Golden Diversity, Inc. is an organization that provides mentoring and tutoring to adjudicated and at-risk youth, between the ages of 10-17 in the Washington DC metropolitan area. Our mission is to connect our young people with committed mentors and tutors that will inspire them to unlock their full potential.
Our individualized student development plans allow tutors and mentors opportunities to identify and target students needs and support their academic and socio-emotional growth process. Golden diversity provides students the tools to meet the following goals:
Identify areas of growth academically and provide intervention services.
Determine socio-emotional growth areas, risk patterns and modify daily behaviors.
Identify students career and passionate interests and provide educational resources.
Supplement all academic learning with applicable hands on experiences.
The goal of Golden Diversity's tutoring program is to identify students' specific growth areas and guide students through knowledge gaps to help THEM become more independent and motivated learners. Our tutors work with students to identify areas of interest in learning and establish aligned goals for personal and academic success.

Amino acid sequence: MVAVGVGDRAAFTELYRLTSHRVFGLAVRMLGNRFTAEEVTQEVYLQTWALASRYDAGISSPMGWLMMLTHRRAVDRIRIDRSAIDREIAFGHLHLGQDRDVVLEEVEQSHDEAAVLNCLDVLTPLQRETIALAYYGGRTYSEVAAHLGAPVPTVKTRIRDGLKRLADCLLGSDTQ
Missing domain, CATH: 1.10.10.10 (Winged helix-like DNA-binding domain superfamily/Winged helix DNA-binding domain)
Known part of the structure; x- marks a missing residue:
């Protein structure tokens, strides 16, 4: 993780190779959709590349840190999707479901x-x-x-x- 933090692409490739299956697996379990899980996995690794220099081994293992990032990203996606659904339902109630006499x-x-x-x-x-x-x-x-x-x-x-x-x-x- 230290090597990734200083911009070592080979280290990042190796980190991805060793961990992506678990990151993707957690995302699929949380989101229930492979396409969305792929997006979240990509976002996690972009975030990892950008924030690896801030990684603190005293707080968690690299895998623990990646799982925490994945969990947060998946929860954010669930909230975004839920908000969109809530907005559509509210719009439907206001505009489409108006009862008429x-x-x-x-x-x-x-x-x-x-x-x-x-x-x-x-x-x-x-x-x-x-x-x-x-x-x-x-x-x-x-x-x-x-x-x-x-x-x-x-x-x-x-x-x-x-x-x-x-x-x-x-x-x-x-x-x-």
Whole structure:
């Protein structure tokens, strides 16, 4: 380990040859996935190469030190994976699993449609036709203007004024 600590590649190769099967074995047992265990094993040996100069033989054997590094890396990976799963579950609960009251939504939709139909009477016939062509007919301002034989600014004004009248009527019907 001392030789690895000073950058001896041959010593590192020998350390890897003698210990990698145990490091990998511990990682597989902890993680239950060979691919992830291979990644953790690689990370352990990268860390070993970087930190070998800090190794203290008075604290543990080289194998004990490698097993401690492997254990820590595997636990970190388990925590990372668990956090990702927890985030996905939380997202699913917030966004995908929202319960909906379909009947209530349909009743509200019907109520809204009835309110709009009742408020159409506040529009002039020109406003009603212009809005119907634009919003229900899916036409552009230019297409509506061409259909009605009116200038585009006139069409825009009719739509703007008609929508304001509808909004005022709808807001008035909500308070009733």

Racial and ethnic inequality in education has a long and persistent history in the United States. Beginning in 1954, however, when the Supreme Court ruled in Brown v. Board of Education that racial segregation of public schools was unconstitutional, some progress has been made in improving racial educational disparities. But that progress has been slow, uneven, and incomplete.
One key set of measures of racial educational equality are racial achievement gaps—differences in the average standardized test scores of white and black or white and Hispanic students. Achievement gaps are one way of monitoring the equality of educational outcomes.
There are 46, 191 students in the District’s public schools, with about 79 percent African American, 12 percent Hispanic, 7 percent white and 2 percent self-declared “other.”Overall, the District placed at or near the bottom of the 21 cities in the study in scores for math and reading in the fourth and eighth grades; Washington tied with Detroit for last place in eighth-grade reading.